Expeditions to the extreme limits of our world push the bounds of human knowledge and capabilities. By expanding our understanding of the earth, exploration offers a unique storytelling platform that inspires people to investigate the world around them, to question and to innovate.
Most people will never visit the deep sea or summit the world’s tallest peaks, and glimpses of these places provided by expeditions allow people to appreciate and champion these environments. Most importantly, exploration provides an opportunity to expose new generations to careers that contribute to scientific advancement and environmental stewardship.
NASA’s extensive education and outreach program currently brings missions to the International Space Station closer to home with STEM on Station, a series of videos featuring ISS astronauts demonstrating the same basic STEM (Science, Technology, Engineering and Technology) concepts taught in middle and high school. Students from around the world can even compete in SpaceLabcontests to design science experiments that astronauts will carry out on the ISS, giving them first-person experience in pushing the limits of science and technology.
The European Space Agency organizes contests to design and launch working satellites into orbit for high school and university students. Challenger Learning Centersin the United States, Canada, United Kingdom and South Korea immerse students in hands-on simulated space missions teaching teamwork and critical thinking skills. Using missions as teaching tools, these programs expose students to STEM, but missions can be used creatively to improve fitness and nutrition, as in Mission X’s ‘train like an astronaut’ program.
Thanks to education initiatives like these, most people are more familiar with outer space than with the deep sea, making ocean exploration an ideal platform for future education initiatives. The National Oceanic and Atmospheric Administration’s (NOAA) Ocean Explorer website offers daily logs, videos, and interactive maps to follow their data-collecting expeditions in real-time. For educators, NOAA’s Expedition Education Modules use multimedia-based lesson plans to simulate the daily discoveries and scientific techniques that scientists and explorers experience. Letting students experience first-hand the thrill of discovery, Dr. Robert Ballard’s expedition team streams discoveries live to classrooms around the world through their interactive Nautilus Liveprogram.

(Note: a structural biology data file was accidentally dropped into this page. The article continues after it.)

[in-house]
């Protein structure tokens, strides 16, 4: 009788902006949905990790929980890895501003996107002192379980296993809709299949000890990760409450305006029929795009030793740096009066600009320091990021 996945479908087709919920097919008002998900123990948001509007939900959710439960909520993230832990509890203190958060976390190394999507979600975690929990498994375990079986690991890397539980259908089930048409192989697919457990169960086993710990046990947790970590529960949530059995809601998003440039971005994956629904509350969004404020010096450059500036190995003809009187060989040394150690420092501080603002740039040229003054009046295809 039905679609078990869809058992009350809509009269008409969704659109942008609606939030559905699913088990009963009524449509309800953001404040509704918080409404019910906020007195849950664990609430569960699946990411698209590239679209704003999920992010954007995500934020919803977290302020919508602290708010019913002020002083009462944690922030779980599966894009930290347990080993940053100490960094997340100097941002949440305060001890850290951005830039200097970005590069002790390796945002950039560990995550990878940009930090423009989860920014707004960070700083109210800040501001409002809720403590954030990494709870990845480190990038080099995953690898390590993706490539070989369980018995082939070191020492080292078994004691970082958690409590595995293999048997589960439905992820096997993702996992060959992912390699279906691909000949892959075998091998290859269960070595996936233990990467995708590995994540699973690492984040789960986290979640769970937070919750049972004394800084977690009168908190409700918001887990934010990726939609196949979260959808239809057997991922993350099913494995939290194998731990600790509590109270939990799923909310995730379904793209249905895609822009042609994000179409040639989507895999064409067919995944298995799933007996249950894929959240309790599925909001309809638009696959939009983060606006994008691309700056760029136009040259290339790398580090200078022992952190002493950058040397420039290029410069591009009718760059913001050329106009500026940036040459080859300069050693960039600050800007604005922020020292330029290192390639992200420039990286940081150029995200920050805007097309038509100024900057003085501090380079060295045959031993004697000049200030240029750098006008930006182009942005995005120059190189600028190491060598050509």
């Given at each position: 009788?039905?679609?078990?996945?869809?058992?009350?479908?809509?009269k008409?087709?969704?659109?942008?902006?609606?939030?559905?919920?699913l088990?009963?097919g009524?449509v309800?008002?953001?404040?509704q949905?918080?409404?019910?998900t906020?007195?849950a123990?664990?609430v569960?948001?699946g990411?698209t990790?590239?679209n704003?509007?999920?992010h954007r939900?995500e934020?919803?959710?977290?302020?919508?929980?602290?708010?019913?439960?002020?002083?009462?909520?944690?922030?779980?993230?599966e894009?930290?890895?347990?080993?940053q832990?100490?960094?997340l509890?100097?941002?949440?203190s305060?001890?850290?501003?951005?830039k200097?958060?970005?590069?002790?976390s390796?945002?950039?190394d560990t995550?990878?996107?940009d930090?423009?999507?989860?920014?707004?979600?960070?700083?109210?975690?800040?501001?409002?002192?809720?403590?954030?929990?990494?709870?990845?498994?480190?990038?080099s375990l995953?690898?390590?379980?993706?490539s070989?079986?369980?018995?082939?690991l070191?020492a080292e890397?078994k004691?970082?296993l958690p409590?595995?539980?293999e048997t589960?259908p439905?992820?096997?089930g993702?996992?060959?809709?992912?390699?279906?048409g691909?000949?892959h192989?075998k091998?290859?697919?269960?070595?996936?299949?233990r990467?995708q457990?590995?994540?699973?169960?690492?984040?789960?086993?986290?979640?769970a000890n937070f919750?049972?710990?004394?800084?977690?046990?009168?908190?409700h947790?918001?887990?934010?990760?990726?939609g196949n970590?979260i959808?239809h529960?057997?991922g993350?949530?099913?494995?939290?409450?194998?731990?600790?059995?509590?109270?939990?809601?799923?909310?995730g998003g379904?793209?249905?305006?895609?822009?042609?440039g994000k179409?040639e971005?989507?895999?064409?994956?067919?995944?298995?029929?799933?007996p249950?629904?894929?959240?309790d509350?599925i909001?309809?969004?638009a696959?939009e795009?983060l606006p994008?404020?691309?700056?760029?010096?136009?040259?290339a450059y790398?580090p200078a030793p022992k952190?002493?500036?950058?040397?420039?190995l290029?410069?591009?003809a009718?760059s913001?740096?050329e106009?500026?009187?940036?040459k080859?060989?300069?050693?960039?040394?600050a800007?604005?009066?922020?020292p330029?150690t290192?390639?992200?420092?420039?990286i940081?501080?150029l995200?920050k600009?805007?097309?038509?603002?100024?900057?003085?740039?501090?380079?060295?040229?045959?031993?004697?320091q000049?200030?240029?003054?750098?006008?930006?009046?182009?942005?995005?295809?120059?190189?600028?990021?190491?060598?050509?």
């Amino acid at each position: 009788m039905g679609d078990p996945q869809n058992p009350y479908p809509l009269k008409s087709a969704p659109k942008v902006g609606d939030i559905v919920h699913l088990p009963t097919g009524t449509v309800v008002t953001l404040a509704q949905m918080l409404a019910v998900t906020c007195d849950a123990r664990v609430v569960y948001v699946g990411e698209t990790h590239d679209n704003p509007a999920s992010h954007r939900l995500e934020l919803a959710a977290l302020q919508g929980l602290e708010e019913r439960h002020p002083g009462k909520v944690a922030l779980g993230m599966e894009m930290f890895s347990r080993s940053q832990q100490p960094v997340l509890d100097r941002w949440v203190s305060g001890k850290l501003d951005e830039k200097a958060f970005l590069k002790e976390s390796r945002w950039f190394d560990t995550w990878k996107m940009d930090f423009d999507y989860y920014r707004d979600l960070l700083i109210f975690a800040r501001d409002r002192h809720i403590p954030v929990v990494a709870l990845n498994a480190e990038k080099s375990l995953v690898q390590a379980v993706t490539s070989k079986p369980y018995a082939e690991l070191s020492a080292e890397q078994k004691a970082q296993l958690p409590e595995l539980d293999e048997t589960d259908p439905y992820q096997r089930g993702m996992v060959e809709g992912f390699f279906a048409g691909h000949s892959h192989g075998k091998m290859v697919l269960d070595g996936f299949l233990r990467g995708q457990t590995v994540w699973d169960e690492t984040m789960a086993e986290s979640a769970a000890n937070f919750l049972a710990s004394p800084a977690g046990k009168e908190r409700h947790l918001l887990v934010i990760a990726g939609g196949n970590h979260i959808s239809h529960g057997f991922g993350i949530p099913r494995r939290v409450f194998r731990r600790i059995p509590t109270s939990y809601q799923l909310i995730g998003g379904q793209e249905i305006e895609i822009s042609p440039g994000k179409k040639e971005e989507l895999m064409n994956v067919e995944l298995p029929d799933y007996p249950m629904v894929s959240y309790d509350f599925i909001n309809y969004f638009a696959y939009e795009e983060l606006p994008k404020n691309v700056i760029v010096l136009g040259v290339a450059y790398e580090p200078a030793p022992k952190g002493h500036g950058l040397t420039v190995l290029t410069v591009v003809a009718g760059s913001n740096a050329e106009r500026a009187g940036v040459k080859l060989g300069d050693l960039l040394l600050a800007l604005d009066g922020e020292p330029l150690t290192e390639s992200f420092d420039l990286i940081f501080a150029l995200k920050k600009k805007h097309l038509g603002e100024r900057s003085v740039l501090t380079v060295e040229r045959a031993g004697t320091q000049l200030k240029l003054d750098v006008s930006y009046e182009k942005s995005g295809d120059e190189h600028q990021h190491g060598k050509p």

New technology allows us to explore extreme environments remotely, but the human element of the intrepid explorer is key. National Geographic Explorersare a prime example of the capacity for exploration to not only push the limits of science, but also educate. Through real-time blogs, tweets, and photojournalism, we can join the expeditions of these modern-day adventurers and role models.
Unlike robots, human explorers bring back personal accounts we can relate to about their amazing experiences. Children grow up wanting to be astronauts or deep sea divers, not robots, dreaming up fantastical futures. These experiences of discovery illuminated by explorers may inspire people to become better stewards of their environment, or even spark ideas that change the way our world works.
Education and Outreach Coordinator
Blue Marble Exploration
Monterey, CA, USA